react completely in a single reaction to form products at the same temperature and pressure. Important terms and observations: 1. If HR is positive the reaction is endothermic and if HR is negative the reaction is exothermic. 2. At low and moderate pressure, HR is nearly independent of pressure. 3. The value of HR depends on how the stoichiometric equation is written. 4. The value of HR depends on the states of aggregation (gas, liquid, or solid) of the reactant and products. o 5. The standard heat of reaction (HR ) is when both the reactants and products are at a specified temperature and pressure, usually 25oC and 1 atm. IV. Energy balance on reactive process Heat of reaction method 1. Complete the material balance calculations on the reactor to greatest extent possible. 2. Choose reference states for specific enthalpy calculations. 3. For a single reaction in a continuous process, calculate the extent of reaction, . 4. Prepare the inlet-outlet enthalpy table, inserting known molar amounts for all inlet and outlet steam components. 5. Calculate each unknown stream component enthalpy, H, as H for the species going from its reference state to the process state, and insert the enthalpies in the table. 6. Calculate H for the reactor. H = HRo + nout Hout - nin Hin (single reaction) H = HRo + nout Hout - nin Hin (multiple reactions) 7. Substitute calculated value of H of the reactor in the energy balance and complete the required calculations.

Heat of formation method 1. Complete the material balance calculations on the reactor to greatest extent possible. 2. Choose reference states for specific enthalpy calculations. 3. Prepare the inlet-outlet enthalpy table, inserting known molar amounts for all inlet and outlet steam components. 4. Calculate each unknown specific enthalpies. H = Hfo + Hat T 5. Calculate H for the reactor. H = nout Hout - nin Hin 6. Substitute calculated value of H of the reactor in the energy balance and complete the required calculations. Problem Calculate the change in enthalpy of the reactor. Given: 600 mol O2 2256 mol N2 300oC 100 mol C3H8 Furnace 25 C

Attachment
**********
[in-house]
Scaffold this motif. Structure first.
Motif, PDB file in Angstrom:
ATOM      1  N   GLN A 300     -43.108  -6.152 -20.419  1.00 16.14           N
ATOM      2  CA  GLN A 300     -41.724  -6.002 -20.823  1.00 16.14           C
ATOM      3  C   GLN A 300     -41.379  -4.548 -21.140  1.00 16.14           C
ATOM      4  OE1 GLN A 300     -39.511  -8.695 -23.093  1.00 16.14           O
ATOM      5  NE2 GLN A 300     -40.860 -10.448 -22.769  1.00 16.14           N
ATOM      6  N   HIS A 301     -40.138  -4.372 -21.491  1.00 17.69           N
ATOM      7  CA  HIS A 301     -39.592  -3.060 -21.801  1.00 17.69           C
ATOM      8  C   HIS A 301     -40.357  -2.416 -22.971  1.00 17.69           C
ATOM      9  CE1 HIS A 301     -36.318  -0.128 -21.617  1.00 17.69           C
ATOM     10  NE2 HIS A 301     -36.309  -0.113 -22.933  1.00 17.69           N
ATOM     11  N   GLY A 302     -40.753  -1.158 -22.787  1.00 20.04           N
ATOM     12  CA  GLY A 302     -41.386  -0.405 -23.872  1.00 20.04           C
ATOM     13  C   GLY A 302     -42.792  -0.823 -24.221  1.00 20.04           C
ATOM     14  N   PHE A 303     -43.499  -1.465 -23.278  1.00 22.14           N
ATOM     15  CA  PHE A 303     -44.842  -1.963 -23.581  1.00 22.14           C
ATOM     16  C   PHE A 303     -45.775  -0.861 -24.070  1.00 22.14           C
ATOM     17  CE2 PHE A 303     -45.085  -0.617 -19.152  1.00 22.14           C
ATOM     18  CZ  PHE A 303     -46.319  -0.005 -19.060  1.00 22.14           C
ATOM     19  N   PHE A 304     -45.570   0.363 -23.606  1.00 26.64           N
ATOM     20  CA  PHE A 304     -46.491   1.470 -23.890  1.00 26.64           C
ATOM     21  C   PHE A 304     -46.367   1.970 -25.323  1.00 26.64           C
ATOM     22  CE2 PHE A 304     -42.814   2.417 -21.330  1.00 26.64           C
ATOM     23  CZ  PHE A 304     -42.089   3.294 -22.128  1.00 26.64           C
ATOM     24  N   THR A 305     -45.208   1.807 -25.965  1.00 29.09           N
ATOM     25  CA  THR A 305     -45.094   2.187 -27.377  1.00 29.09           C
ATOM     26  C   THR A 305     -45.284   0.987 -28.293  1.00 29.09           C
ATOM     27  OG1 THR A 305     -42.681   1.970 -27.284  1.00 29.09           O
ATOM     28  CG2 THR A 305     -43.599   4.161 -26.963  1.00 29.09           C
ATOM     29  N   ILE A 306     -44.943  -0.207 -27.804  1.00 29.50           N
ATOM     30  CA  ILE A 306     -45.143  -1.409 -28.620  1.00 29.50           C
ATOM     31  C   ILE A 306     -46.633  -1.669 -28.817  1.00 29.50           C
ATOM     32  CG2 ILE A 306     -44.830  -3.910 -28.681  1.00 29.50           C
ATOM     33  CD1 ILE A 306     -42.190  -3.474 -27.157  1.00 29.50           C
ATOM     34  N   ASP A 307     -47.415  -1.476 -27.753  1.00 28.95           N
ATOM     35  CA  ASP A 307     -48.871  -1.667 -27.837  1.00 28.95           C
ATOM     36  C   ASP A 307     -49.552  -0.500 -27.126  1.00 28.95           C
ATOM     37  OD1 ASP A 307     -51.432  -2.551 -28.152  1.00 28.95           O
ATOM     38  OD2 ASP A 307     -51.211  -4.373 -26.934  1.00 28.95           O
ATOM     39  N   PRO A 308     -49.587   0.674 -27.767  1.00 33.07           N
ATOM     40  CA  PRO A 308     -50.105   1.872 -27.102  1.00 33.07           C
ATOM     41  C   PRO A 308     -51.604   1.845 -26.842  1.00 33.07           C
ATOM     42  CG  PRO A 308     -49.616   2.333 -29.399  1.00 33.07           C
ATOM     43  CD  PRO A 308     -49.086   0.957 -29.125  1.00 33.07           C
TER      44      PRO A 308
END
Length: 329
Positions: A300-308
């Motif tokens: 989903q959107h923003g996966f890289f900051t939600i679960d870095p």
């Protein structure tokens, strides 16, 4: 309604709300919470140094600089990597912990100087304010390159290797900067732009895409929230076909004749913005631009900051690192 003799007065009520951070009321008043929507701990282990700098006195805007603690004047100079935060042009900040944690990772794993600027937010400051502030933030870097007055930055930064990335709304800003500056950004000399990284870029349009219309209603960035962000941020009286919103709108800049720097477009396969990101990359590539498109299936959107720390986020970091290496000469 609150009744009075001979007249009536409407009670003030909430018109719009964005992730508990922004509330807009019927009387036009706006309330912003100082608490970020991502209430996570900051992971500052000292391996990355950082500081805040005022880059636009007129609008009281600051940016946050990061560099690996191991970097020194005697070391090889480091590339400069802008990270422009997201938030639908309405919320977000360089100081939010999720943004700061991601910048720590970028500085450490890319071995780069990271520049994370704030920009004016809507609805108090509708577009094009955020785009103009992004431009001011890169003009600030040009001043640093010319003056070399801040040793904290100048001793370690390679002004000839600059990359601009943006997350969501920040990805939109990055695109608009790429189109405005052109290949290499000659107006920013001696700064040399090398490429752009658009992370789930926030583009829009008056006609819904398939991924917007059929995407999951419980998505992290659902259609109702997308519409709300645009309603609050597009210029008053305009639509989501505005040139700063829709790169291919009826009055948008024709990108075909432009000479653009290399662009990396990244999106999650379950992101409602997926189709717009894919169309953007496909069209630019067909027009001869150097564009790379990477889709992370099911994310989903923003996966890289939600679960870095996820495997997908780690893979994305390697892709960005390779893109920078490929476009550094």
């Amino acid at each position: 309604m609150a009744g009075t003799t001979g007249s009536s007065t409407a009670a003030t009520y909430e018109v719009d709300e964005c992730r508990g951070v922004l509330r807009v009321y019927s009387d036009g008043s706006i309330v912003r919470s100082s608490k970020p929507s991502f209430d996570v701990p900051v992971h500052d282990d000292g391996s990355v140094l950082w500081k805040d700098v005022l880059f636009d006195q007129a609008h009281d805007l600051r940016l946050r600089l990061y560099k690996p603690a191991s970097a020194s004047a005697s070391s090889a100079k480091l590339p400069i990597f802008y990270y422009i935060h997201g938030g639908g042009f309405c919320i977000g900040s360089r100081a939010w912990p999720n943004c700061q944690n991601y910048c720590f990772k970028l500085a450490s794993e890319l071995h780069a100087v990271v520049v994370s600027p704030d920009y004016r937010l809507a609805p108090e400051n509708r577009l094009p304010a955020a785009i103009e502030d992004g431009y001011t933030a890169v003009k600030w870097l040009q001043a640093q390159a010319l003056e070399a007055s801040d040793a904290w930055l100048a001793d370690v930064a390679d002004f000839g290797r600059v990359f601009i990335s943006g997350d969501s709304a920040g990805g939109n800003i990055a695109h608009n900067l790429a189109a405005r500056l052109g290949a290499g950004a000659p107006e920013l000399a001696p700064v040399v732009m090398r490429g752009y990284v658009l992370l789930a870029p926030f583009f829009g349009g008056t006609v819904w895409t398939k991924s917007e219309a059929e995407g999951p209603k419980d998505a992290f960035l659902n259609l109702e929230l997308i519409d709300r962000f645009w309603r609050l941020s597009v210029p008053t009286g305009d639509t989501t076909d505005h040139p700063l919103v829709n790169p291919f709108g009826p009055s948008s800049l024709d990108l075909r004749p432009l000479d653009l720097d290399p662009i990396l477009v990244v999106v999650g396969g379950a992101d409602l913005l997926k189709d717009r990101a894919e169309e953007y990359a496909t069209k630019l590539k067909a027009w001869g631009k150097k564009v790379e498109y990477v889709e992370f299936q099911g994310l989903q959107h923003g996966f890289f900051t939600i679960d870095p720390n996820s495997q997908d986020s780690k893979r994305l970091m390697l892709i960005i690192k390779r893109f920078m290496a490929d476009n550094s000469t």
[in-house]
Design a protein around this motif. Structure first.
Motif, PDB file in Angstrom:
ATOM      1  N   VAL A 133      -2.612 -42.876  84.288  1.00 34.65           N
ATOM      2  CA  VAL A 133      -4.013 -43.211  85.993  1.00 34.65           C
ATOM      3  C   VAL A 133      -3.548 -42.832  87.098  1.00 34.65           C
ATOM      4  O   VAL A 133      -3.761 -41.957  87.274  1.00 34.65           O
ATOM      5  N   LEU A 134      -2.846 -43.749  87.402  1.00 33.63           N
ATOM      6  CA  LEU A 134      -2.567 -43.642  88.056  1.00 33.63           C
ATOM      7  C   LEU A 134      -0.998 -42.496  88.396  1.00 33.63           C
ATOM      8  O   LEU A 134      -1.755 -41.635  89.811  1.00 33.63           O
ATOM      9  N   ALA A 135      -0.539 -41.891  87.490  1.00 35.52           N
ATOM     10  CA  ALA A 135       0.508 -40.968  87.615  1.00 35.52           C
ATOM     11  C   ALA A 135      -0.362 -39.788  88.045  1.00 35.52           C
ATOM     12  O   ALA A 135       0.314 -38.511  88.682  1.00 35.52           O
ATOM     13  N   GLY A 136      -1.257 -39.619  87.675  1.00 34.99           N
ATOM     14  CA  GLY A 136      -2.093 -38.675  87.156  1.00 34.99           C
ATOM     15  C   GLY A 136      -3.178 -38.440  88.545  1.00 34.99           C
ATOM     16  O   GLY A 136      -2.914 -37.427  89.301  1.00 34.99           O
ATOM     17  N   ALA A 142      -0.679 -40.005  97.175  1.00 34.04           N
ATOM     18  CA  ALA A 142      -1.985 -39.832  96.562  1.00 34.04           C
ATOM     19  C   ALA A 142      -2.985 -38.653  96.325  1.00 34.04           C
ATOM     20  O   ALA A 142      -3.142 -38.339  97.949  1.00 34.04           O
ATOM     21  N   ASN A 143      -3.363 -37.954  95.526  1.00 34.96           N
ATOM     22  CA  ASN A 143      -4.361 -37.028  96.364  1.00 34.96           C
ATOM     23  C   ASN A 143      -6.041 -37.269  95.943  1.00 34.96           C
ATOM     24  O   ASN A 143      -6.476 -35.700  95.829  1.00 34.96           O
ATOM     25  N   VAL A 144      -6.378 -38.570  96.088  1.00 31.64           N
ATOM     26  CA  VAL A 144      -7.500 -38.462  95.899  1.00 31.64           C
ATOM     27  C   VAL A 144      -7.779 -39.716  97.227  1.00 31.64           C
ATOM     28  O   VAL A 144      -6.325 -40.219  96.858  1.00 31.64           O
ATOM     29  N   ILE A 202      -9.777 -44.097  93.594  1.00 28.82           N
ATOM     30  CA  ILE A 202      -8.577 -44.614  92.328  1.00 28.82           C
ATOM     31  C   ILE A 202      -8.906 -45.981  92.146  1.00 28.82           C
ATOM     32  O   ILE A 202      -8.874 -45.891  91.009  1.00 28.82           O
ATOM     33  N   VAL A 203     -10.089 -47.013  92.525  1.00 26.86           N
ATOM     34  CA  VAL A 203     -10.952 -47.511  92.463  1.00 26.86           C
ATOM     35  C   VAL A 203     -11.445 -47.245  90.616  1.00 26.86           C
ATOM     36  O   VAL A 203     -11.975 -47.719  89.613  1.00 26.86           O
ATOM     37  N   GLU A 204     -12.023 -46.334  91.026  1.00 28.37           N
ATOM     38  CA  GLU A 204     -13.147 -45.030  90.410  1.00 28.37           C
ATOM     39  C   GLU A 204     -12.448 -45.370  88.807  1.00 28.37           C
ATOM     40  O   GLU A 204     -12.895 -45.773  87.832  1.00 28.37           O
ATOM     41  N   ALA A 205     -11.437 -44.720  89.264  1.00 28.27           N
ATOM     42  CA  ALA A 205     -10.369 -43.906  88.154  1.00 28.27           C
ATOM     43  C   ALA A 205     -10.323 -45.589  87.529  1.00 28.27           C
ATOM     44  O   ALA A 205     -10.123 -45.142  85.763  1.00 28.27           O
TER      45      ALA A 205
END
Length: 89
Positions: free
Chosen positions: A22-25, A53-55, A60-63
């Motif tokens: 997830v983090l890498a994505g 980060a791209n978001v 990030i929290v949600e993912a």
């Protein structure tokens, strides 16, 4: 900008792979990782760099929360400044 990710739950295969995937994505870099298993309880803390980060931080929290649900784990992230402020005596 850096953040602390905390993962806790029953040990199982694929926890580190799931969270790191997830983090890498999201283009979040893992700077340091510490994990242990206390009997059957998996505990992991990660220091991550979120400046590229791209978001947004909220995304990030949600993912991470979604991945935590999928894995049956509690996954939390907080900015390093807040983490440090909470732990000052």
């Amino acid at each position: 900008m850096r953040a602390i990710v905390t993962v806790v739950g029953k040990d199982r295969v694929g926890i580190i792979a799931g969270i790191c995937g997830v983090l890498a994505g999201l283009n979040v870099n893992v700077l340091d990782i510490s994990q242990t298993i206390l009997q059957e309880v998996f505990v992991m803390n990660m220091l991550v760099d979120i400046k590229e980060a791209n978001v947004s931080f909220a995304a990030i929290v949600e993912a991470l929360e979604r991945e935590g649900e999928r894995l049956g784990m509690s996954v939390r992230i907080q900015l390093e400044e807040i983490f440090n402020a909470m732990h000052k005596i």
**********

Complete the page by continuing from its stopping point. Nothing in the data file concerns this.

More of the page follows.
o

100 mol O2 2256 mol N2 300 mol CO2 400 mol H2O 1000oC

Heating value of fuels HIGHER HEATING VALUE/TOTAL HEATING VALUE/GROSS HEATING VALUE The negative standard heat of combustion of the fuel (Hco) with liquid water as a combustion product. LOWER HEATING VALUE The negative standard heat of combustion of the fuel based on water vapor as a product. The relationship between the two: HHV = LHV + n Hv (H2O, 25oC) where: Hv (H2O, 25oC) = 44.013 kJ/mole = 18,934 BTU/lbmole DULONG FORMULA equation used to estimate heating value of a fuel using the ultimate analysis of the fuel. HHV(kJ/kg) = 33,801(C) + 144,158[(H) 0.125(O)] + 9413(S) Adiabatic flame temperature The temperature that would be attained if the fuel is burned in an adiabatic combustion chamber and all the energy released went into raising the temperature of the reaction products The heat losses as well as heat of utilization are equal to zero. The adiabatic flame temperature increases when pure oxygen instead of air is fed. The adiabatic flame temperature is greatest when the fuel and oxygen are fed in stoichiometric proportion.

Example: Liquid methanol is to be burned with 100% excess air. The engineer designing the furnace must calculate the highest temperature that the furnace walls will have to withstand so that an appropriate material of construction can be chosen. Perform this calculation, assuming that the methanol is fed at 25oC and the air enters at 100oC. Eqn: CH3OH(L) + 3/2 O2(G) CO2(G) + 2H2O(L) o Hc = -726.6 kJ/mol